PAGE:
Telescope pointing was established by 13CO and C18J = 3−2 line pointings every hour on nearby R Lup for the APEX-2a observations, resulting in an accuracy of  ~2″. In the shorter-wavelength submm windows, pointing is more difficult because of the much reduced system sensitivities and the paucity of suitable pointing sources, strong enough for peak-up on their continuum and/or line emission. During the 2007 CHAMP+ observations, o Cet was used as a line pointing source in the 12CO J = 6−5 mapping, but with an on-sky distance of  ≈50° to the OMC-1 core, the absolute pointing on the latter was not accurately corrected. The wider IF processors and backends that became available in 2008 improved the situation significantly: simultaneous observations of the 12CO J = 6−5 line and the CH3CN Jk = 369 − 359 multiplet (near 660.6 GHz) became possible in the low-frequency array of CHAMP+. We assume that the highly rotationally excited (lower energy level E/k = 133 K above the ground state) methyl cyanide line emission does peak on the Orion Hot Core proper, as defined by the centroid of 92 GHz CH3CN Jk = 5k − 4k emission determined with the BIMA interferometer, i.e., , (Wilner et al. 1994). Thereby, we established a pointing reference local to the OMC-1 core complex. While those small pointing maps toward the Orion Hot Core were made, the 12CO J = 7−6 transition in the high-frequency array was observed in parallel, and provided the link to the 2007 observations of the main CO isotopologues. The central pixels between the two arrays are co-aligned (better than one arcsecond). In practice, we shifted the 2007 maps such that the 12CO J = 7−6 line wing emission from  − 50 to  − 30 km s-1 match the pointed 2008 observations. The overall accuracy in the higher-J CO observations with CHAMP+ is estimated to be  ≲ 4″.

All spectra were converted to the main beam brightness temperature unit, (ηMB = Beff/Feff), using a forward efficiency (Feff) of 0.95 and beam coupling efficiencies (Beff) as determined toward Jupiter (Table 1). The latter is motivated by the average size of the emission in velocity space (Fig. 4). All data were reduced using the standard procedures in the CLASS and GREG programs from the GILDAS package3.

thumbnail Fig. 1

The OMC-1 core 12CO J = 6−5 integrated intensity [−25,  + 30] km s-1 image overlaid with the J = 7−6 integrated intensity [− 25,  + 30] km s-1 contours running from 300 to 1000 K km s-1 in steps of 100 K km s-1, and the subsequent contours are plotted from 1200 to 7200 K km s-1 in steps of 600 K km s-1. The 12CO J = 6−5 (black) and 12CO J = 7−6 (red) spectra are shown for Orion BN, Orion South, Orion Bar, and Orion East. Both images have been smoothed using Gaussian profiles (a width of 91 for 12CO J = 6−5 and 78 for 12CO J = 7−6) from their original Nyquist-sampled images. The black stars mark the positions of the five Trapezium stars (θ1 Ori A, B, C, D, and E). The original beam sizes are shown at the bottom left of the image for 12CO J = 6−5 and J = 7−6 in red (96) and white (82), respectively.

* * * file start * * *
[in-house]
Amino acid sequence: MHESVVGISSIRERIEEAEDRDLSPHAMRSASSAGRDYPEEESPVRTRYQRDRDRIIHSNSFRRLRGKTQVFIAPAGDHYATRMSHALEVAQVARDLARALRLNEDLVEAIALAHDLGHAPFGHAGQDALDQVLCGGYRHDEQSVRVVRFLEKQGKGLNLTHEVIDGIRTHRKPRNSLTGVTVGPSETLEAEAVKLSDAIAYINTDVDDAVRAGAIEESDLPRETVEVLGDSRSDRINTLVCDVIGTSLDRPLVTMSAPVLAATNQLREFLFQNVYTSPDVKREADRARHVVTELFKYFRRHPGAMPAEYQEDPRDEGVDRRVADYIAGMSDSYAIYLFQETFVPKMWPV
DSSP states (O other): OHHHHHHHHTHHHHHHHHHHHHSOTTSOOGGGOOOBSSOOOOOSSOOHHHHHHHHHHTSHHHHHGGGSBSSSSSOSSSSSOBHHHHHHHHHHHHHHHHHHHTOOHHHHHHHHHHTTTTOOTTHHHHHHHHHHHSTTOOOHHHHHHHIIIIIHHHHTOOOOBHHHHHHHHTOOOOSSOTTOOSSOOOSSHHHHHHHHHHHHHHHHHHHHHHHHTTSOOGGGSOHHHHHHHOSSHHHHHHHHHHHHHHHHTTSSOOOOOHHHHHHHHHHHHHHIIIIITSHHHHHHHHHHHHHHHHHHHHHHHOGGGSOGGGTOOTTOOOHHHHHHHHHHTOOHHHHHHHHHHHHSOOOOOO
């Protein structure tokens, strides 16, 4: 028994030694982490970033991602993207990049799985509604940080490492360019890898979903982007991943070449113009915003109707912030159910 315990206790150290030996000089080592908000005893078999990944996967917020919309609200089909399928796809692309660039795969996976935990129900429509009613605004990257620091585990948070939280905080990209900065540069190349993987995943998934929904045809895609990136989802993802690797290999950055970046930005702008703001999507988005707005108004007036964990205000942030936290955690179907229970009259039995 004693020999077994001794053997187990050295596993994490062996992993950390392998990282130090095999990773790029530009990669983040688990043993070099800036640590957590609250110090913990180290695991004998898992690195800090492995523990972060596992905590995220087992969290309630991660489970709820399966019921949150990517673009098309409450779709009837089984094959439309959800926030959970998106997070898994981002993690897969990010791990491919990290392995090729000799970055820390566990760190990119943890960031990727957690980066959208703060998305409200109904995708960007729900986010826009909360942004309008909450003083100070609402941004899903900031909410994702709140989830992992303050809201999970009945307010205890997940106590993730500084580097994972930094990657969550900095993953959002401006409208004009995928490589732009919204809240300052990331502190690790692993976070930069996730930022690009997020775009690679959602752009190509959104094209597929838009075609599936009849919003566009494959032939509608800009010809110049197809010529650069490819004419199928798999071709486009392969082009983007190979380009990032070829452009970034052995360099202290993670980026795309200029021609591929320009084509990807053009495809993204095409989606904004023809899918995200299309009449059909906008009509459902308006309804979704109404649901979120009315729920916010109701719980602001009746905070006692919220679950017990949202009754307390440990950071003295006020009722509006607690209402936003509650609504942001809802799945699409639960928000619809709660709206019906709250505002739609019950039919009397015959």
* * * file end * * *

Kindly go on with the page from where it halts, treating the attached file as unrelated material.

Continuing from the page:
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Table 2

CO isotopologues measurements in the selected sources of the OMC-1 core.

thumbnail Fig. 2

The OMC-1 core 13CO J = 8−7 integrated intensity [+5,  +15] km s-1 image overlaid with the C18J = 6−5 [+4,  +12] km s-1 contours running from 15 to 65 K km s-1 in steps of 10 K km s-1, and the subsequent contours are plotted from 80 to 200 K km s-1 in steps of 30 K km s-1. The 13CO J = 8−7 (black) and C18J = 6−5 (red) spectra are shown for Orion BN, Orion South, Orion Bar, and Orion East at the same positions as in Fig. 1. Both images have been smoothed using Gaussian profiles (a width of 71 for 13CO J = 8−7 and 95 for C18J = 6−5) from their original Nyquist-sampled images. The black stars mark the positions of the five Trapezium stars. The original beam sizes are shown at the bottom left of the image for 13CO J = 8−7 and C18J = 6−5 in red (75) and white (101), respectively.

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thumbnail Fig. 3

The OMC-1 core 13CO J = 3−2 integrated intensity [+5,  +15] km s-1 image overlaid with the C18J = 3−2 [+4,  +12] km s-1 contours running from 24 to 80 K km s-1 in steps of 8 K km s-1. The 13CO J = −2 (black) and C18J = 3−2 (red) spectra are shown for Orion BN, Orion South, Orion Bar, and Orion East at the same positions as in Fig. 1. The black stars mark the positions of the five Trapezium stars. The beam size of 211 is shown at the bottom left of the image.

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thumbnail Fig. 4

Low-velocity channel maps of the 12CO J = 6−5 line with the J = 7−6 contours in the OMC-1 core. The contours are running from 50 to 200 K in steps of 25 K. Orion BN is located at the offset (0′′, 0′′), and white stars mark the positions of the five Trapezium stars.